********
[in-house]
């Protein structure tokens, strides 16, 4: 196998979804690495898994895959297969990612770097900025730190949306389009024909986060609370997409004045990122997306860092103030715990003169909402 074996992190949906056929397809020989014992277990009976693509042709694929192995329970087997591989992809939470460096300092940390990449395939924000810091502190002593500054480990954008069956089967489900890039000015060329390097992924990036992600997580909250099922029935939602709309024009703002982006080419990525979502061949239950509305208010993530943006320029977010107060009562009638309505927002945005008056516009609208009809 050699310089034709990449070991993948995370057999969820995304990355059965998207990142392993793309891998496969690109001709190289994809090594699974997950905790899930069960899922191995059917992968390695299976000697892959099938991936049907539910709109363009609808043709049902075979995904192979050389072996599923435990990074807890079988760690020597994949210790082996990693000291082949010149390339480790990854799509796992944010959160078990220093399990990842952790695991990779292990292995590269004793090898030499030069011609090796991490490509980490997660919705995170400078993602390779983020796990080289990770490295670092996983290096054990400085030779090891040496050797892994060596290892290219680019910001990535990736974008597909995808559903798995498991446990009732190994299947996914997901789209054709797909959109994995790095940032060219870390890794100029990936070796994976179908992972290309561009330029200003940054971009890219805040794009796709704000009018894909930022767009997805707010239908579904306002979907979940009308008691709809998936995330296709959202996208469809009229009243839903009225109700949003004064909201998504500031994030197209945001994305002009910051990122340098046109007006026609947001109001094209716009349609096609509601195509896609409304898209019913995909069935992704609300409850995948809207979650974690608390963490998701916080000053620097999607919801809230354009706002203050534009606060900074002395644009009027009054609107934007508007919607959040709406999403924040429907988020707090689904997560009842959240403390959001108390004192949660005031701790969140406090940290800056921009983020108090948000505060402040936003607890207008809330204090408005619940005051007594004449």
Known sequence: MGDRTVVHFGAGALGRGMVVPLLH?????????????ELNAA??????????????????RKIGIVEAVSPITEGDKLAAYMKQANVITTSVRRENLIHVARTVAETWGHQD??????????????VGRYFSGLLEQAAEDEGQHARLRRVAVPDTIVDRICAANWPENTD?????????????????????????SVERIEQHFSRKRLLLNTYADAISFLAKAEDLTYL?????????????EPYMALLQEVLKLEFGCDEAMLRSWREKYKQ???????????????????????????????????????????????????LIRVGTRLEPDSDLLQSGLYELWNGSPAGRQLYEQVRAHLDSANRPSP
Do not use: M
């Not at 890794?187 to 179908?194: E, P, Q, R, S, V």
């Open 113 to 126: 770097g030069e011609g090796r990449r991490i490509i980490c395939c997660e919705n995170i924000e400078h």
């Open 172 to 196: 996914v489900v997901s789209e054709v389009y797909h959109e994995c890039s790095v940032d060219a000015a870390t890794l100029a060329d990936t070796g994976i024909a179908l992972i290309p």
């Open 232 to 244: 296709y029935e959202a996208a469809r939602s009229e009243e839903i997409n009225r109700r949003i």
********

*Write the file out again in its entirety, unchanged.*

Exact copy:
[in-house]
């Protein structure tokens, strides 16, 4: 196998979804690495898994895959297969990612770097900025730190949306389009024909986060609370997409004045990122997306860092103030715990003169909402 074996992190949906056929397809020989014992277990009976693509042709694929192995329970087997591989992809939470460096300092940390990449395939924000810091502190002593500054480990954008069956089967489900890039000015060329390097992924990036992600997580909250099922029935939602709309024009703002982006080419990525979502061949239950509305208010993530943006320029977010107060009562009638309505927002945005008056516009609208009809 050699310089034709990449070991993948995370057999969820995304990355059965998207990142392993793309891998496969690109001709190289994809090594699974997950905790899930069960899922191995059917992968390695299976000697892959099938991936049907539910709109363009609808043709049902075979995904192979050389072996599923435990990074807890079988760690020597994949210790082996990693000291082949010149390339480790990854799509796992944010959160078990220093399990990842952790695991990779292990292995590269004793090898030499030069011609090796991490490509980490997660919705995170400078993602390779983020796990080289990770490295670092996983290096054990400085030779090891040496050797892994060596290892290219680019910001990535990736974008597909995808559903798995498991446990009732190994299947996914997901789209054709797909959109994995790095940032060219870390890794100029990936070796994976179908992972290309561009330029200003940054971009890219805040794009796709704000009018894909930022767009997805707010239908579904306002979907979940009308008691709809998936995330296709959202996208469809009229009243839903009225109700949003004064909201998504500031994030197209945001994305002009910051990122340098046109007006026609947001109001094209716009349609096609509601195509896609409304898209019913995909069935992704609300409850995948809207979650974690608390963490998701916080000053620097999607919801809230354009706002203050534009606060900074002395644009009027009054609107934007508007919607959040709406999403924040429907988020707090689904997560009842959240403390959001108390004192949660005031701790969140406090940290800056921009983020108090948000505060402040936003607890207008809330204090408005619940005051007594004449």
Known sequence: MGDRTVVHFGAGALGRGMVVPLLH?????????????ELNAA??????????????????RKIGIVEAVSPITEGDKLAAYMKQANVITTSVRRENLIHVARTVAETWGHQD??????????????VGRYFSGLLEQAAEDEGQHARLRRVAVPDTIVDRICAANWPENTD?????????????????????????SVERIEQHFSRKRLLLNTYADAISFLAKAEDLTYL?????????????EPYMALLQEVLKLEFGCDEAMLRSWREKYKQ???????????????????????????????????????????????????LIRVGTRLEPDSDLLQSGLYELWNGSPAGRQLYEQVRAHLDSANRPSP
Do not use: M
């Not at 890794?187 to 179908?194: E, P, Q, R, S, V």
């Open 113 to 126: 770097g030069e011609g090796r990449r991490i490509i980490c395939c997660e919705n995170i924000e400078h």
């Open 172 to 196: 996914v489900v997901s789209e054709v389009y797909h959109e994995c890039s790095v940032d060219a000015a870390t890794l100029a060329d990936t070796g994976i024909a179908l992972i290309p």
């Open 232 to 244: 296709y029935e959202a996208a469809r939602s009229e009243e839903i997409n009225r109700r949003i």